Bernard Glieberman - Biography
Bernard "Bernie" Glieberman (b. Detroit, Michigan) is an American real estate mogul and the president of Crosswinds Communities. Despite having made his fortune in real estate, Glieberman was perhaps best known for, with his son Lonie, making several unsuccessful and controversial forays into sports team ownership and management in the Canadian Football League.
Glieberman's father died when Glieberman was 17 years old, and after this the young Bernard took over control of his family real estate holdings. He became a partner in a real estate firm when he was twenty-one, and at thirty-one he was able to buy out his partner's shares. By 1971, he had started the Crosswinds Communities corporation, which he runs and in which he is the sole shareholder to this day.
From 1991 to 2006, Glieberman was involved as the financier of several football operations in Canada and the United States. Glieberman put up the money while Lonie usually handled media relations and football operations. These operations proved controversial and invariably died within a few seasons.
The Rough Riders and Shreveport
In 1991, Glieberman and his son arrived in Ottawa to bail out the troubled Ottawa Rough Riders franchise. The team was losing money (and would, indeed, fold before the decade was out) and was over C$1 million in debt. With his son as the franchise's frontman, Bernie bought the team for a dollar, assumed the debt, and provided the capital city's team with what must have seemed like stable ownership.
However, relations between the Gliebermans, the league, and its fans soon soured. Bernie merely provided the money but Lonie was making controversial and unpopular moves. In 1993, the younger Glieberman fired general manager Dan Rambo while ordering the team to sign and play former National Football League Pro Bowl defensive lineman Dexter Manley, despite his skills having faded and a cocaine habit which had caused him to be banned from the NFL. Lonie also mandated that players cut during the team's training camp be signed again, driving away assistant coaches Jim Daley and Mike Roach. Meanwhile, Bernie made noises about moving the team to the United States, further driving down enthusiasm.
The CFL let it be known that it would not even consider allowing one of its longest-standing franchises to move south of the border. Eventually, Glieberman agreed to a deal in which he split the franchise in half. The Canadian half that retained the Rough Riders name, colours and history. Glieberman kept the American half, which became the Shreveport Pirates as part of the ill-fated CFL USA expansion. The Pirates went 8–28 over two seasons. Glieberman initially attempted to stay in for the long haul, trying to move the team to Norfolk, Virginia. However, city officials were put out upon discovering that Glieberman had faced a number of lawsuits over his CFL career for not paying the bills.
All-American Football League
After the failure of his CFL experience, Glieberman tried again in football. In 1997, Glieberman, John Ritchie, and former Shreveport coach Forrest Gregg started the All-American Football League with the objective of playing by March 1998. Glieberman planned to play a 20-game season in the spring and summer, buy television time from networks, and make money by having the league sell the advertising rather than the network. The league would be a single-owner entity in much the same vein as the early days of Major League Soccer. The league also planned to have players directed to markets where they might be popular.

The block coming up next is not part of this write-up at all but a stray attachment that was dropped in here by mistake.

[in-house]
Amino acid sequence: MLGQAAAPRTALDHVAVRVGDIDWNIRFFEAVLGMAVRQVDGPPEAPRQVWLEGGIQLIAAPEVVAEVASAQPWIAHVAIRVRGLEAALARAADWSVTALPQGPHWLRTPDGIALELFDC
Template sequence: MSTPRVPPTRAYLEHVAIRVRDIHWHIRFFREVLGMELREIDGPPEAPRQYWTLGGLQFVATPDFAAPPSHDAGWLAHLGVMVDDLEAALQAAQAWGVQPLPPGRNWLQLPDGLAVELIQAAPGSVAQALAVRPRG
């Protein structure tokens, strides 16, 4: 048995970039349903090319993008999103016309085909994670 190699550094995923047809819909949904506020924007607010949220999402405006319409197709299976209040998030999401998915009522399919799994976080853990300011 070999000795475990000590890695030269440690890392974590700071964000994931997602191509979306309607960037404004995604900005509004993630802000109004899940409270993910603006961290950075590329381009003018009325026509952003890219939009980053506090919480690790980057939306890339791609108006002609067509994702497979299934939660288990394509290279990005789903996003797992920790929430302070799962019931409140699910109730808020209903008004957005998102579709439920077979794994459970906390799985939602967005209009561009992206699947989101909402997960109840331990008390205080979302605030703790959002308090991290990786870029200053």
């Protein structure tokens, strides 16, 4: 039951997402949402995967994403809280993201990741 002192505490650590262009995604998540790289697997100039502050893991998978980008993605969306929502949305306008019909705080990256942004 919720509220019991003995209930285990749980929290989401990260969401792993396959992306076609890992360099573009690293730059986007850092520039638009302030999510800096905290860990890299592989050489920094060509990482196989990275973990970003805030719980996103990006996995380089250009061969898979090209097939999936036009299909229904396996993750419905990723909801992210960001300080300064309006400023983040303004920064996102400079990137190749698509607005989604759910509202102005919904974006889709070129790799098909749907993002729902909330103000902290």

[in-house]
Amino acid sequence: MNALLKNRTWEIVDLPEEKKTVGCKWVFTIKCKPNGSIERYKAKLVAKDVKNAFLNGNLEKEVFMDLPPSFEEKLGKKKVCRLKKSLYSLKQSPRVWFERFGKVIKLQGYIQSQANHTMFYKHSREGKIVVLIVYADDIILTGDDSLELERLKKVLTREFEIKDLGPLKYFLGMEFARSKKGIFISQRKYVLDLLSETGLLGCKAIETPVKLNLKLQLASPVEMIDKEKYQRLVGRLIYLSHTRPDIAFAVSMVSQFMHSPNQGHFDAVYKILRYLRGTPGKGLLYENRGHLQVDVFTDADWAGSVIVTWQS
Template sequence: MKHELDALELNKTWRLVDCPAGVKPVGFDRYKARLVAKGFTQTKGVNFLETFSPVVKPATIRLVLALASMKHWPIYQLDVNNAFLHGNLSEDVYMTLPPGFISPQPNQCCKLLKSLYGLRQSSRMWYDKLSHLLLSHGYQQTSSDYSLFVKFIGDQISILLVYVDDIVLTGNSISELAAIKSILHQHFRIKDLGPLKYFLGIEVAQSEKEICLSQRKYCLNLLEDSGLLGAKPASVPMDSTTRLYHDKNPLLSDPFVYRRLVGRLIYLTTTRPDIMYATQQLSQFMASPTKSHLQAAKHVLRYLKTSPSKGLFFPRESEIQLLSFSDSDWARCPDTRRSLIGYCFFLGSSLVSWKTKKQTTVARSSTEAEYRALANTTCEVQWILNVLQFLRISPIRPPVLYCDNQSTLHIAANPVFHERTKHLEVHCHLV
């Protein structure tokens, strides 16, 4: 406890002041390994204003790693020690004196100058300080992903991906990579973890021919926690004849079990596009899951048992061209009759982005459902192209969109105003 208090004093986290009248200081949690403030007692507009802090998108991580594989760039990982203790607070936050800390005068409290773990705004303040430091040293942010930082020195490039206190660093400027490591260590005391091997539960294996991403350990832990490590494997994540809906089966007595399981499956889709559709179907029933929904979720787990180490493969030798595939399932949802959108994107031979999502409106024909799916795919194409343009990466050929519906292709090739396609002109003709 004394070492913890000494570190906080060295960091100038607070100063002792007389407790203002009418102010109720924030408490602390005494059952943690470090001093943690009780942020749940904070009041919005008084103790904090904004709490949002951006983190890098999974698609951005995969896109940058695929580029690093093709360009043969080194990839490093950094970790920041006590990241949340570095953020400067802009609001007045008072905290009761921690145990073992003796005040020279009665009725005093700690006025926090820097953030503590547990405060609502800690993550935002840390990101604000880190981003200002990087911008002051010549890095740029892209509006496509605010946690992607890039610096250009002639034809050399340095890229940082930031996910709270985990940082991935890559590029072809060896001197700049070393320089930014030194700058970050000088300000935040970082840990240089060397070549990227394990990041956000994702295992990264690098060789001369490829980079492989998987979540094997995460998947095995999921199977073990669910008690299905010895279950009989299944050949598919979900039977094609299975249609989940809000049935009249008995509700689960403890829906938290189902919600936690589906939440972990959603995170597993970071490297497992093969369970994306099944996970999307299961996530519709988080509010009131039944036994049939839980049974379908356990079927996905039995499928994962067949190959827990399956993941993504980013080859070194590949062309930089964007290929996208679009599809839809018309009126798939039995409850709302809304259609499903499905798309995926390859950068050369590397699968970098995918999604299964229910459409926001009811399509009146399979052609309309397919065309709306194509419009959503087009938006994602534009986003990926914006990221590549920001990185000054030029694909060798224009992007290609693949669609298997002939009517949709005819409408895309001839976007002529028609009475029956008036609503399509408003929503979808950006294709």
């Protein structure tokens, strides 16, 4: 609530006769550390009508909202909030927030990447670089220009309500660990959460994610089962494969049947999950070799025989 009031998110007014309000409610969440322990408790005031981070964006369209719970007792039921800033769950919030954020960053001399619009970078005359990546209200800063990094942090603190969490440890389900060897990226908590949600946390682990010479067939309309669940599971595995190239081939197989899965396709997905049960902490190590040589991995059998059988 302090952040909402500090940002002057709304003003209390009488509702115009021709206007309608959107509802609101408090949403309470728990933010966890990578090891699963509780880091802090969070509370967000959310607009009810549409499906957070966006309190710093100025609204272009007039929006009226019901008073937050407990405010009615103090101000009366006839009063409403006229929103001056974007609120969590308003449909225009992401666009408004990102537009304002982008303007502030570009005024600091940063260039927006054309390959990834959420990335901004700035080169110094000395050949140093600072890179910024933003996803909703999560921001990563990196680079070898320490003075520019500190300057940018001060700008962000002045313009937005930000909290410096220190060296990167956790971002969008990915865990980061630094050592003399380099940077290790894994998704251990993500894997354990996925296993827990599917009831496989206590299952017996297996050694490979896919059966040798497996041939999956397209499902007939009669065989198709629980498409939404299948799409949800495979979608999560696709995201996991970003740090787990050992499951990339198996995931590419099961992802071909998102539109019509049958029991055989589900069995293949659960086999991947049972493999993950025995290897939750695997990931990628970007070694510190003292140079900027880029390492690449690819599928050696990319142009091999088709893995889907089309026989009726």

Despite Glieberman's ambitions and some minor media attention, the league never got off the ground. The league's plans included teams in Dallas, New York, Los Angeles, Detroit, Chicago, Philadelphia, Houston, San Francisco, Miami, Boston, Washington, and Tampa.
Return to Ottawa
In May 2005, Glieberman resurfaced in the CFL, purchasing the Ottawa Renegades after a season in which the league had financed the team. Lonie was once again installed as team president. The Renegades had struggled both financially and in the standings almost since their inception, and few parties were interested in running the team, leaving the CFL little choice but to turn to the Gliebermans.
The first move made by the Gliebermans was to bring 71-year old Forrest Gregg into the system after the latter had spent a decade away from professional football. Gregg did not help his own cause, forgetting starting quarterback Kerry Joseph's name during a radio interview. Lonie's Mardi Gras promotion of trying to lure women to Renegades games by offering them beads (a reward traditionally given in the celebration for the baring of breasts) was also criticized. Before the Renegades' final game of the 2005 season, Lonie announced the firing of head coach Joe Paopao and his staff, leaving them to coach the final game knowing that it would be their last. The Renegades missed the playoffs.
On March 2, 2006, Lonie resigned his post with the Renegades, leading to speculation that Bernie Glieberman would sell. The Renegades lost $3.8 million in 2005 but Glieberman agreed to continue operating the Renegades if the team received a $2 million loan from the league. This proposal was rejected and, unable to find a buyer after Glieberman backed out on March 22, the Renegades suspended operations for the 2006 season.